The Syrian government claims that the opposition has the capacity to launch large chemical attacks such as those seen at Ghouta. Sources such as the United States[12] and Human Rights Watch[13] disagree, claiming there is no significant evidence the opposition has any significant chemical weapons capability.

According to Syria, on 1 June 2013, the Syrian Army seized two cylinders holding the nerve agent sarin from Syrian opposition fighters in Hama.[14] A Syrian military source told SANA, the official news agency in Syria, that the Syrian Army seized two containers with sarin together with automatic rifles, pistols and homemade bombs (IEDs) in a rebel hideout in the al-Faraieh neighborhood (also spelled Al-Faraya)[15] of the city of Hama,[16][17][18] which has been the scene of fighting between government troops and armed opposition groups.[19] The Syrian government declared the two cylinders "as abandoned chemical weapons" and told the OPCW that "the items did not belong to" them.[20] On 14 June 2014, the Joint OPCW-UN Mission confirmed that the cylinders contained sarin.[20] On 7 July 2014, the U.N. Secretary-General Ban Ki-Moon informed the U.N. Security Council about the findings.[20]

In December 2013 investigative journalist Seymour Hersh reported that multiple US intelligence agencies had produced top secret assessments, in the summer of 2013, regarding Syrian rebel chemical weapons capabilities. The assessments concluded that the Al-Nusra Front and Al-Qaeda in Iraq were capable of acquiring, producing, and deploying sarin gas "in quantity." One assessment noted that US soldiers in Syria would risk chemical attack from rebel forces.[21] A spokesman for the Director of National Intelligence replied that Hersh's report was "simply false."[22]

Biological weapons[edit]

Syria is generally considered not to have biological weapons.[3][4] However there are some reports of an active biological weapons research and production program. According to NATO Consultant Dr Jill Dekker, Syria has worked on: anthrax, plague, tularemia, botulism, smallpox, aflatoxin, cholera, ricin and camelpox, and has used Russian help in installing anthrax in missile warheads. She also stated "they view their bio-chemical arsenal as part of a normal weapons program".[23]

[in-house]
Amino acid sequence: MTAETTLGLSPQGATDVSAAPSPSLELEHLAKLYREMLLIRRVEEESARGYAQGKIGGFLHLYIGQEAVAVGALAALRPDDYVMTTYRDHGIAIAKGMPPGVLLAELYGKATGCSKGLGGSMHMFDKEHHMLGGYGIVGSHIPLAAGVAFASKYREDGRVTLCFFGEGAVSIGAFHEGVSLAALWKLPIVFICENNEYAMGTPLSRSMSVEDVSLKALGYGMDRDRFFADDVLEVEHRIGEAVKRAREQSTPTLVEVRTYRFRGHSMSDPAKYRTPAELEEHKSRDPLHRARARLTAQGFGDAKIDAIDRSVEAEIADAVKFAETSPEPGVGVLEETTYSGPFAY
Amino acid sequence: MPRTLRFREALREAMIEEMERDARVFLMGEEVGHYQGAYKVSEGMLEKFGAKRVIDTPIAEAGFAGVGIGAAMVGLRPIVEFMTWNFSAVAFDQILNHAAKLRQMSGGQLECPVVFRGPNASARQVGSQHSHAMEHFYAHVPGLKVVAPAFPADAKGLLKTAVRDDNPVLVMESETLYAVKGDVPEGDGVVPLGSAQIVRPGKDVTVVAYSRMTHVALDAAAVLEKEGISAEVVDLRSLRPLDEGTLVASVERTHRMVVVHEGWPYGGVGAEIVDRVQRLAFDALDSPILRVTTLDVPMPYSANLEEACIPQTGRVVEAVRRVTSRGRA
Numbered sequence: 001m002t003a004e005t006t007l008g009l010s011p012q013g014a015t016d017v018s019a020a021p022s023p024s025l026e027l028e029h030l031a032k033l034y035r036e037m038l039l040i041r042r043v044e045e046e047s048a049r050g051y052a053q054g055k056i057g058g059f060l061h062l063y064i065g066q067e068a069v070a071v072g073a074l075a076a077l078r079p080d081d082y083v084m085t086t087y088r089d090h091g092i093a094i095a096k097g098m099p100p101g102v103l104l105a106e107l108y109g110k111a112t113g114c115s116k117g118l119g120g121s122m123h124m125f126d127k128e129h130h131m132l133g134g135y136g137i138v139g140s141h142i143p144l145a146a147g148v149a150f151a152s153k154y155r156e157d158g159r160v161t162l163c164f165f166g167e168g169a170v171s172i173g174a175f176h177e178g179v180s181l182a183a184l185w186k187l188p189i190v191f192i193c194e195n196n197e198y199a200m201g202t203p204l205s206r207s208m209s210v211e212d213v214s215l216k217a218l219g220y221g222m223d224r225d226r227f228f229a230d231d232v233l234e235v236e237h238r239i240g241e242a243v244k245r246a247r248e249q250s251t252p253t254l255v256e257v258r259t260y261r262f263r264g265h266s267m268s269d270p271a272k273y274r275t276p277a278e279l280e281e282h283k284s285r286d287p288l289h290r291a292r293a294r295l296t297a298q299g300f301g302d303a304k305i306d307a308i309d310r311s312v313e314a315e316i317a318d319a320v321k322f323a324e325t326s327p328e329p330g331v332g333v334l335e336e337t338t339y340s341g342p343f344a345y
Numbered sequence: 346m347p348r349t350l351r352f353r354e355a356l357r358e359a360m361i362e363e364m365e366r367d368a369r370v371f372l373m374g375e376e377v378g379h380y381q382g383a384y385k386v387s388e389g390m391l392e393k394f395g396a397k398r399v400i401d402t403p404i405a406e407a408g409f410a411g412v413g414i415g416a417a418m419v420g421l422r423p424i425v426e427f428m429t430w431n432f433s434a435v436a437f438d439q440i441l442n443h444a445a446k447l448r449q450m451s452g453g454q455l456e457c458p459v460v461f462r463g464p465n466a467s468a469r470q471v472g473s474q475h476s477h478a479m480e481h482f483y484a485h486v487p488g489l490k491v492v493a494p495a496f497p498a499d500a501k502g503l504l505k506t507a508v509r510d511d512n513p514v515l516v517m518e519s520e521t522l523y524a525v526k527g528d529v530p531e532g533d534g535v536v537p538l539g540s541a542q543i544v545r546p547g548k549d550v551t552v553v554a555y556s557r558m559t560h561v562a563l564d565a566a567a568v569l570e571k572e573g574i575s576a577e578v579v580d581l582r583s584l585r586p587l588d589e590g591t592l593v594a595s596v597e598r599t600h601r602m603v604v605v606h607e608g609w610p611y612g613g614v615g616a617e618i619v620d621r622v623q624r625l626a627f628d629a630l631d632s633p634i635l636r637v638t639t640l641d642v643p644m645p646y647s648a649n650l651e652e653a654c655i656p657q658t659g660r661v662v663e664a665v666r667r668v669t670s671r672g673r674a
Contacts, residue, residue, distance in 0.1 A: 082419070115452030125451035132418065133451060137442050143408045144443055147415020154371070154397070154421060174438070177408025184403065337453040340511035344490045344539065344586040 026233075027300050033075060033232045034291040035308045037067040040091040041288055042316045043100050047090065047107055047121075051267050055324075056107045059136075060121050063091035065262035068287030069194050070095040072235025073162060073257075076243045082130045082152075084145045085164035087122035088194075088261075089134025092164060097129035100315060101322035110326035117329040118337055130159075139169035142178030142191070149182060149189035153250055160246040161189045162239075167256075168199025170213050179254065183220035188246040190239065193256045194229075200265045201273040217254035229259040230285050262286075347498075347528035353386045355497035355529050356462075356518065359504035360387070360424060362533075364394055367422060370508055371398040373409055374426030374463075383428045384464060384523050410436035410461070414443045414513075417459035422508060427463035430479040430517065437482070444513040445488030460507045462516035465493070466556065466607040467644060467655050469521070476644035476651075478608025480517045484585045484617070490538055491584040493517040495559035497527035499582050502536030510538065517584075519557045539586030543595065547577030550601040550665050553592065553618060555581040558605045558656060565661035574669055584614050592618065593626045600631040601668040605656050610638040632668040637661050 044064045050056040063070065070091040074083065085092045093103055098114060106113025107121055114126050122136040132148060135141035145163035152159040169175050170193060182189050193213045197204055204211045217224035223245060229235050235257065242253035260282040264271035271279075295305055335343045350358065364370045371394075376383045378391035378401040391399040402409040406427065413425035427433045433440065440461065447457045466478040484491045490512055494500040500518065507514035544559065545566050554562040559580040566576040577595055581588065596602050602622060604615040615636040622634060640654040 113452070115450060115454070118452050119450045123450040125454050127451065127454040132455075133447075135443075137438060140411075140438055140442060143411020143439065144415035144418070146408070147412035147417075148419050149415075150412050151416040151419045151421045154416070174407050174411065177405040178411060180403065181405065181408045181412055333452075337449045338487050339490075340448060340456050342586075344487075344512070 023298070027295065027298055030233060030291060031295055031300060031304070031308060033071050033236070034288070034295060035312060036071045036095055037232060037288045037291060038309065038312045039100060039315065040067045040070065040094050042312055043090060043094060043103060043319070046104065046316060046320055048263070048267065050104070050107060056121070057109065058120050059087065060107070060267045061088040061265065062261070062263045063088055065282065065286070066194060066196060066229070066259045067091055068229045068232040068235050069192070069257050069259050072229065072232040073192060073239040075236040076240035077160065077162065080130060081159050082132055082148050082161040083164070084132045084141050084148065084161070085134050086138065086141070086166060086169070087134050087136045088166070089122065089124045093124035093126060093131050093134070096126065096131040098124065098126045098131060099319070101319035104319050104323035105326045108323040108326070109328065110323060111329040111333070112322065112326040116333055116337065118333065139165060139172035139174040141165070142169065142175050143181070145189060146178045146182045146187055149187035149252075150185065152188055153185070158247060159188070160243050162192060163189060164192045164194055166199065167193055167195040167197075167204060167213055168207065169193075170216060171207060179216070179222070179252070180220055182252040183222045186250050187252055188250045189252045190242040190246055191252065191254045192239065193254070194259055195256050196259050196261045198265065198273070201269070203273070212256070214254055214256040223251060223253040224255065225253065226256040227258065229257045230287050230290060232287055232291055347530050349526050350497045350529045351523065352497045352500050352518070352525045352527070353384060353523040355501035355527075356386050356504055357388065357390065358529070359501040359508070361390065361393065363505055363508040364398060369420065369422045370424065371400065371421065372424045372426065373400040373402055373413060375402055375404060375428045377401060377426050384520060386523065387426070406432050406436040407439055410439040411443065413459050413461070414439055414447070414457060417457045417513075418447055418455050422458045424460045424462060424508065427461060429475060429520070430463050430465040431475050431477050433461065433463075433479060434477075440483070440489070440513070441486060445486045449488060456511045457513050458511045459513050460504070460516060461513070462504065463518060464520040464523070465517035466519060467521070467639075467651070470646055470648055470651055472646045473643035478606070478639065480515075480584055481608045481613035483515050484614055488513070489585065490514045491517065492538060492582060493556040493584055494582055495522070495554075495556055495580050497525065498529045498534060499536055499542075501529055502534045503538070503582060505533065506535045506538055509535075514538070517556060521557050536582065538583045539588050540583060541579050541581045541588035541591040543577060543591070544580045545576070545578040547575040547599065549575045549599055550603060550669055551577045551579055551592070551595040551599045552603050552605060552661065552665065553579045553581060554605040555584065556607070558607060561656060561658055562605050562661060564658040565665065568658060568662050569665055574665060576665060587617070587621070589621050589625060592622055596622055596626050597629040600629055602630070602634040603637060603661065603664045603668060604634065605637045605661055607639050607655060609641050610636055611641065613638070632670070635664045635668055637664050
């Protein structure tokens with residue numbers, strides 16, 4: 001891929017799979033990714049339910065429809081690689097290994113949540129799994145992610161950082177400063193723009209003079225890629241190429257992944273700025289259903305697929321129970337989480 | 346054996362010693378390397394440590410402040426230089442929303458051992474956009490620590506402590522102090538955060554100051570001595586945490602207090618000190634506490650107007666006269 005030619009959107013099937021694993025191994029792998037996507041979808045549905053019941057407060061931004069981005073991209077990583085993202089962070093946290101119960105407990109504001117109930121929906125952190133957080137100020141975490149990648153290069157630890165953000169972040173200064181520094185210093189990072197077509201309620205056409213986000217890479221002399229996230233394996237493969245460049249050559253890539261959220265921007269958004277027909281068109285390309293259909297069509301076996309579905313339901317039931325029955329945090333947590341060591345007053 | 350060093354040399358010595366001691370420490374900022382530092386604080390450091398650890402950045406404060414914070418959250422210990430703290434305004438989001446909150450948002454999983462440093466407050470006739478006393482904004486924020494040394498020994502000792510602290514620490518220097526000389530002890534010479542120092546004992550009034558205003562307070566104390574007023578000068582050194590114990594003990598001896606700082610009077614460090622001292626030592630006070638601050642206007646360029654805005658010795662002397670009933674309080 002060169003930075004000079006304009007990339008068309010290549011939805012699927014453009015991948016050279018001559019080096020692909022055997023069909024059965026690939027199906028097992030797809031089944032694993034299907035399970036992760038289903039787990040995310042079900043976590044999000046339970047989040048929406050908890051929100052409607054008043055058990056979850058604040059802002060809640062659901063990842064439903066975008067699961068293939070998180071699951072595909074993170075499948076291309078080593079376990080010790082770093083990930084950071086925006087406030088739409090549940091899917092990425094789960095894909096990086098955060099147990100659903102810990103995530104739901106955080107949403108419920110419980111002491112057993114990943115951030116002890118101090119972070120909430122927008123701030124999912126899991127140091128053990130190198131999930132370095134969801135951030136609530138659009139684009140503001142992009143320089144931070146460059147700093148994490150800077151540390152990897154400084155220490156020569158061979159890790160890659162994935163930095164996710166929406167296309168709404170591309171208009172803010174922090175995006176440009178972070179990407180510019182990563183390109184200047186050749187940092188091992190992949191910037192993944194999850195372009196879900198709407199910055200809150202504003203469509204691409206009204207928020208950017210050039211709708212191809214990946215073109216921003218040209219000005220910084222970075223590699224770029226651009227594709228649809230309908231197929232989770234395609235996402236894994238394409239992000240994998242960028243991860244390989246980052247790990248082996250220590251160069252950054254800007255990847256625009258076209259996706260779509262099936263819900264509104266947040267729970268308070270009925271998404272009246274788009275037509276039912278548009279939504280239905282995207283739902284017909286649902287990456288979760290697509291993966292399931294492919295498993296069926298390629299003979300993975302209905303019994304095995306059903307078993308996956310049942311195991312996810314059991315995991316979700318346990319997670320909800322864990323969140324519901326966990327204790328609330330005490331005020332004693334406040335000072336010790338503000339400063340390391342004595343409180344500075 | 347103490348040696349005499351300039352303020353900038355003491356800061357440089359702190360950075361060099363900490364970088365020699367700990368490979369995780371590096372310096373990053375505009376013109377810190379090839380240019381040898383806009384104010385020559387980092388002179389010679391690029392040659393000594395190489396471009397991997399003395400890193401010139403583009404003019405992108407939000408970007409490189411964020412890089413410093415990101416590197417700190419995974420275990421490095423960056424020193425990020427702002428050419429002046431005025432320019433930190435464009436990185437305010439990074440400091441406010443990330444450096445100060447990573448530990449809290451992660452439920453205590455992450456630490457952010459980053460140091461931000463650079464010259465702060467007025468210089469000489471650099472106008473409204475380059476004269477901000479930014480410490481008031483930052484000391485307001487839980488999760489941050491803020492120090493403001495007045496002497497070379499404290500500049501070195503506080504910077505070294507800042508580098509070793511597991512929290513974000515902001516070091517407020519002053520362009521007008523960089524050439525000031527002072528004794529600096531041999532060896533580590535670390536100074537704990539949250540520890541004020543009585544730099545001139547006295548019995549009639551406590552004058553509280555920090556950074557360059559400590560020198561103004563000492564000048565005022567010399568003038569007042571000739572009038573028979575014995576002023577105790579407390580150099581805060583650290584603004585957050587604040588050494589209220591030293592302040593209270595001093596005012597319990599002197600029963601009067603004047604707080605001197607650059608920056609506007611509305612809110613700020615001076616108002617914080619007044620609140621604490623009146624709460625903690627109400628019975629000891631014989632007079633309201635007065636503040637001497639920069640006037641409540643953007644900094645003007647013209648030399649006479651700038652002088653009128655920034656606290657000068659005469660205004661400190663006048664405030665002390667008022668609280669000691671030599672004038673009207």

Nuclear program[edit]

Syria
Location of Syria
Nuclear program start date 1979[24]
First nuclear weapon test None
First fusion weapon test None
Last nuclear test None
Largest yield test None
Total tests None
Peak stockpile None
Current stockpile None
Maximum missile range Scud-D (700km)
NPT signatory Yes

Syria is a party to the Nuclear Non-Proliferation Treaty and maintains a civil nuclear program. On September 6, 2007, Israel unilaterally bombed a site in Syria which it believed had hosted a nuclear reactor under construction. U.S. intelligence officials claimed low confidence that the site was meant for weapons development.[25] Syrian President Bashar al-Assad has said the site in discussion was just "a military site under construction"[26] and that Syria's goal is a nuclear-free Middle East.[27] Syria allowed the IAEA to visit the site on June 23, 2008, taking environmental samples that revealed the presence of man-made uranium and other materials consistent with a reactor. On May 24, 2011, IAEA Director General Amano released a report which assessed that the destroyed facility was a reactor, and the IAEA Board of Governors voted 17-6 (with 11 abstentions) to report this as non-compliance to the UN Security Council.